A couple of quick policy updates from Facebook:
Facebook will block access to ‘Live’ at single violation
In wake of the Christchurch attack shooting streaming on Facebook Live, the company will now block access to Facebook Live tool for people who violate its serious policies relating to Live. Access will be restricted for a single violation for set periods of time, say 30 days. Users who share a link to a militant group’s statement “with no context” will be immediately blocked from using live for a fixed period. This feature is rolling out in the next few weeks; violaters of Live policies will be restricted from running ads.
Outside of this, Facebook is awarding research grants of a cumulative $7.5 million to thee American universities to study and help detect manipulated media. According to Facebook, this was prompted given that Facebook was unable to detect slight variants of the original Christchurch shooting video, which were circulating the platform for hours after the shooting. “People — not always intentionally — shared edited versions of the video, which made it hard for our systems to detect,” the company said in its blog post. The research is aimed to:
- Detect manipulated media across images, video and audio, and
- Distinguish between unwitting posters and adversaries who intentionally manipulate videos and photographs
Facebook to give more pay and benefits to contracted content moderators – in the US for now; what about India?
Facebook will increase the hourly pay rate for thousands of contract workers – including content moderators – across the United States. Base rate will increase from minimum wage of $15 an hour to $18 an hour, with higher raises in American cities with higher costs of living; the hikes are coming by mid-2020. The company said it will explore developing “similar standards” for other countries. The changes comes after increased press scrutiny of the well-being and wages of contract workers, especially content moderators and especially in the US. The Verge reported in February that some American contract moderators experience post-traumatic stress disorder and becoming believers of conspiracy theories.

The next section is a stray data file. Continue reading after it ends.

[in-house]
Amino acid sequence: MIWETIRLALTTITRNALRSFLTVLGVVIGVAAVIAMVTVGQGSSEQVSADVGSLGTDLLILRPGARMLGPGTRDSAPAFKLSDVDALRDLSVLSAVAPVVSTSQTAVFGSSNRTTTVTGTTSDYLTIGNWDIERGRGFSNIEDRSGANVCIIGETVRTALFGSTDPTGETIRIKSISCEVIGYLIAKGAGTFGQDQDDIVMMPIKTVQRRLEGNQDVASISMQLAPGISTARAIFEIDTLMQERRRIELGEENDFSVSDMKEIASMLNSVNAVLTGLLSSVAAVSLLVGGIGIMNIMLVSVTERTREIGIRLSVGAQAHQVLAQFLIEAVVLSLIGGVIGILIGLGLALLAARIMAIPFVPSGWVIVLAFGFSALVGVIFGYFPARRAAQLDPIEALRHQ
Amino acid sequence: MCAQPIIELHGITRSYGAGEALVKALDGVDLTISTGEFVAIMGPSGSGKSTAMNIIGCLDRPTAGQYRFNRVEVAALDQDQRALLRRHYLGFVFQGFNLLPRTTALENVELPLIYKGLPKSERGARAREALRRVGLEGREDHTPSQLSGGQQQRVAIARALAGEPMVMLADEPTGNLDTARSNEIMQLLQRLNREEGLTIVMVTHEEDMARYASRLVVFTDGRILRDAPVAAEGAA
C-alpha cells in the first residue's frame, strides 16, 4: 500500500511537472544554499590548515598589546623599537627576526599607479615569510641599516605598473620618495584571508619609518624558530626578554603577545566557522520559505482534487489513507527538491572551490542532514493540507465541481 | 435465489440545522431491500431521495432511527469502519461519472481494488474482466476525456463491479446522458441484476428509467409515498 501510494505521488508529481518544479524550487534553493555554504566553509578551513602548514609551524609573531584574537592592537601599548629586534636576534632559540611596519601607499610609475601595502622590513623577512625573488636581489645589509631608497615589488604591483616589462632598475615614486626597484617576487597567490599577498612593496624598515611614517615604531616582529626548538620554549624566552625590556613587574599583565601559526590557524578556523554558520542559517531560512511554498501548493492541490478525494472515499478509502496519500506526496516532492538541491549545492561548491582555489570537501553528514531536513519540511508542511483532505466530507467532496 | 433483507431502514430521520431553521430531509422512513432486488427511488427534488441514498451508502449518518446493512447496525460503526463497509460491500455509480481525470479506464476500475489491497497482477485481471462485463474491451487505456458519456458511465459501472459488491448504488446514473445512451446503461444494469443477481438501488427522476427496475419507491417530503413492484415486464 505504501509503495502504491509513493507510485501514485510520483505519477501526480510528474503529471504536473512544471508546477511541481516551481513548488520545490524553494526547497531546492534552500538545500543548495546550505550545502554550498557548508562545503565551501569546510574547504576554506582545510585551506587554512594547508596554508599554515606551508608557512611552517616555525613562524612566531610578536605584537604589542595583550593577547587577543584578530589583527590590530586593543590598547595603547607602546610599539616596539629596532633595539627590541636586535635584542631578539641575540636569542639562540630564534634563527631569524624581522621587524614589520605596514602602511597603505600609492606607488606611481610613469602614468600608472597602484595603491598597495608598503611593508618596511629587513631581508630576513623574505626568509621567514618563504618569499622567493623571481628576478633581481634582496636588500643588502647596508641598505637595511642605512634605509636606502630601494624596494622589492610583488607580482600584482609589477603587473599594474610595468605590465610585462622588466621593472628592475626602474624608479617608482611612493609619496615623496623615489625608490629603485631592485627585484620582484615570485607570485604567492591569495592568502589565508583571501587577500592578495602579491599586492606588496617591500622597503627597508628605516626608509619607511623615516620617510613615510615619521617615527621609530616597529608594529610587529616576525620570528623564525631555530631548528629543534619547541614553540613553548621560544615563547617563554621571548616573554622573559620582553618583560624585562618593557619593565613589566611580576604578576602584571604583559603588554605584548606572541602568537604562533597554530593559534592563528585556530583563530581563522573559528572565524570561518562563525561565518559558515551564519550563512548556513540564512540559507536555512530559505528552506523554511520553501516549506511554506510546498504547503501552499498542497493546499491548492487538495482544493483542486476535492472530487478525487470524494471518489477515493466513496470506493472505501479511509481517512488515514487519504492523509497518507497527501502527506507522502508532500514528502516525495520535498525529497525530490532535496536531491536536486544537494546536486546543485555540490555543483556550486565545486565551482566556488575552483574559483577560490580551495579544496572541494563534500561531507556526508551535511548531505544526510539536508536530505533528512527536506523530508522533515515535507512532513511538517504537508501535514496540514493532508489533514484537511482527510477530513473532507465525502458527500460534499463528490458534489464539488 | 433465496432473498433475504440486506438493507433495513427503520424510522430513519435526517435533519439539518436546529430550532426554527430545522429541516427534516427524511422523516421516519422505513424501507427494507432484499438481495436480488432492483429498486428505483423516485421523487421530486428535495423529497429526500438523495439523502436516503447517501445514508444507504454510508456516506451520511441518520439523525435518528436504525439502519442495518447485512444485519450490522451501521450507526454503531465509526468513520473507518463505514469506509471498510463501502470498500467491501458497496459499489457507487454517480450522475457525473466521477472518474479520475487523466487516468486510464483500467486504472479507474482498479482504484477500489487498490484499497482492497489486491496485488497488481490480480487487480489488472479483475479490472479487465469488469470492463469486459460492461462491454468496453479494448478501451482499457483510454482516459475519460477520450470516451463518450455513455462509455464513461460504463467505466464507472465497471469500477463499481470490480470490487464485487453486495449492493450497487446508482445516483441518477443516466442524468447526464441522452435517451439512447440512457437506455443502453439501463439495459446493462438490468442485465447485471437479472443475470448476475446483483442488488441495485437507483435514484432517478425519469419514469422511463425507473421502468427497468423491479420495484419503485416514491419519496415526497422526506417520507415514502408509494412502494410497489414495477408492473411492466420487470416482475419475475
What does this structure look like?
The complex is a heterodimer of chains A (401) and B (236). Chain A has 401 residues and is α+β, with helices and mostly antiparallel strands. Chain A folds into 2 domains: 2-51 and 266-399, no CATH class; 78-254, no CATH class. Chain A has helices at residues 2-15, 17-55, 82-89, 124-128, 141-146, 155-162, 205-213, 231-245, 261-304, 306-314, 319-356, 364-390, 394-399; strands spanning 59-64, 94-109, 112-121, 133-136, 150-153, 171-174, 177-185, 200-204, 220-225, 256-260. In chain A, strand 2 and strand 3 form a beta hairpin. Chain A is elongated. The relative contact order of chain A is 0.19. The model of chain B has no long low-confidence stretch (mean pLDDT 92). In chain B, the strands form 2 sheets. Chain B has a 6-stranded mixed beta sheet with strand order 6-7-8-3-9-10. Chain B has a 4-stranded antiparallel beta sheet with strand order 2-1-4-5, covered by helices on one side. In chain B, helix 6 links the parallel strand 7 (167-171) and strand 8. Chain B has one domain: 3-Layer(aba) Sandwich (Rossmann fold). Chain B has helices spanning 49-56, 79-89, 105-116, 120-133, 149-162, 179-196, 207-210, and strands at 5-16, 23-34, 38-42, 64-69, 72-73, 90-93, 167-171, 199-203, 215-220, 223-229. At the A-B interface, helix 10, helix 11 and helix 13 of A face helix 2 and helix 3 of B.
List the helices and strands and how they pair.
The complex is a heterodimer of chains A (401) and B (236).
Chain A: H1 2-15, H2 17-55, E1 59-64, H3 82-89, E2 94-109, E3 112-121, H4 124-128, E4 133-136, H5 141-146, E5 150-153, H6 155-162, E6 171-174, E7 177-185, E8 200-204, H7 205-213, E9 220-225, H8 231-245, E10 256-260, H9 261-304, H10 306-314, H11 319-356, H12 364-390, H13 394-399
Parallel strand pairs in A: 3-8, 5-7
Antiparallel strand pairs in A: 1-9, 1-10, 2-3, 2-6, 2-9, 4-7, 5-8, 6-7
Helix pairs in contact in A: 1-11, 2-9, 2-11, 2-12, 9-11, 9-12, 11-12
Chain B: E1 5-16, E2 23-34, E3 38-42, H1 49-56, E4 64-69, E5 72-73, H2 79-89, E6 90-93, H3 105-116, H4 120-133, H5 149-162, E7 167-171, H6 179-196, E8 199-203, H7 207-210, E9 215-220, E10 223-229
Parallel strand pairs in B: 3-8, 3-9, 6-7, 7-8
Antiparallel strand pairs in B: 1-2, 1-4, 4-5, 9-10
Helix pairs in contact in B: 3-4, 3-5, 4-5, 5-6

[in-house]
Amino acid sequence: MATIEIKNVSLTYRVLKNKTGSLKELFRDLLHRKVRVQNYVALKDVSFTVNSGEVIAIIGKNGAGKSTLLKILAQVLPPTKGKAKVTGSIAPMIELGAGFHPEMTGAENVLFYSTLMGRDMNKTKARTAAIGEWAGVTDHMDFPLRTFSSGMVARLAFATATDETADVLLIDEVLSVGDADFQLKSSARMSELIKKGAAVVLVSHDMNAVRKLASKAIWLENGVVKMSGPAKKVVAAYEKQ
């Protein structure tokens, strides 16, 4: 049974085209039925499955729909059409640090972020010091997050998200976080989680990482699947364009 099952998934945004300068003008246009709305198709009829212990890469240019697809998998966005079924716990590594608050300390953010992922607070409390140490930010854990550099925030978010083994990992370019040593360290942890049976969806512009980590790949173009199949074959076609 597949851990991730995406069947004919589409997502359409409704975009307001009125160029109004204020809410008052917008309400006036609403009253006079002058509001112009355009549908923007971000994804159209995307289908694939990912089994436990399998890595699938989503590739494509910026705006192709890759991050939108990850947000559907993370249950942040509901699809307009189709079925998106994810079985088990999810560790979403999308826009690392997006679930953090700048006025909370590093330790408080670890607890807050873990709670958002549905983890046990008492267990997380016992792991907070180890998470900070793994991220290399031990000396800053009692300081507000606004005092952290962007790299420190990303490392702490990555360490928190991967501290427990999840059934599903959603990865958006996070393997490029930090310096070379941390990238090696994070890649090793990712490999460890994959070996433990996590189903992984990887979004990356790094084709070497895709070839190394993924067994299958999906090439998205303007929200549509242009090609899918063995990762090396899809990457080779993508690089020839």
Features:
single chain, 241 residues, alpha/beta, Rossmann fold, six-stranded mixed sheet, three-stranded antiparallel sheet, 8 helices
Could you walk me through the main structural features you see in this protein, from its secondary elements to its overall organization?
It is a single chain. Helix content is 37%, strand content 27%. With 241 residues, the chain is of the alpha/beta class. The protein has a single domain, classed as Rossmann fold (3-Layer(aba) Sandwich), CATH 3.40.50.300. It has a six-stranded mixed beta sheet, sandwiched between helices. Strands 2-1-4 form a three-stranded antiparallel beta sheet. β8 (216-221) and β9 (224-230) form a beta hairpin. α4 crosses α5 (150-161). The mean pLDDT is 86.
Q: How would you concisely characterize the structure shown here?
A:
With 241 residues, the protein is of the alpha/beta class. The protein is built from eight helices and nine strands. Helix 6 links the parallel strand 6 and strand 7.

Some changes Facebook is bringing in for contracted content moderators:
- Individual and group counselors onsite during all hours of work (and not certain hours of each shift), along with “comprehensive health care benefits”.
- Moderators can now choose to temporarily blur graphic images before reviewing them so they can control how they want to see disturbing content.
- Facebook says its working on a tools developed based on feedback from psychologists and content reviewers.
- The company is rolling out resiliency surveys, biannual audits, and compliance programs which will include unannounced onsite checks, and vendor partner self-reporting.
- A whistleblower hotline where any contracted worker, including content reviewers can raise concerns directly to Facebook
Facebook said its working to make contracts across global vendors consistent to include “quality-focused incentives, no sub-contracting, overtime and premiums for nightshifts and weekends, and healthcare that meets the standards of the Affordable Care Act in the US and appropriate healthcare standards internationally.”
Contracted content moderators in India paid Rs 100,000 a year; complain of trauma
Reuters reported in February that contracted (to Genpact) content moderators in India were paid $6 a day, or about Rs 100,000 annually. Seven content reviewers at Genpact said that their work was underpaid, stressful and sometimes traumatic. This, the report said, was in contrast with the picture Facebook executives had painted of a carefully selected, skilled workforce that is paid well and has the tools to handle a difficult job.
- The Genpact unit in Hyderabad reviews posts in Indian languages, Arabic, English and some Afghan and Asian tribal dialects, according to Facebook.
- Moderators watch and review nudity and explicit porn, the counter-terrorism team watches videos including of beheadings, car bombings and electric shock torture sessions
- The “self-harm” unit regularly watch live videos of suicide attempts – and do not always succeed in alerting authorities in time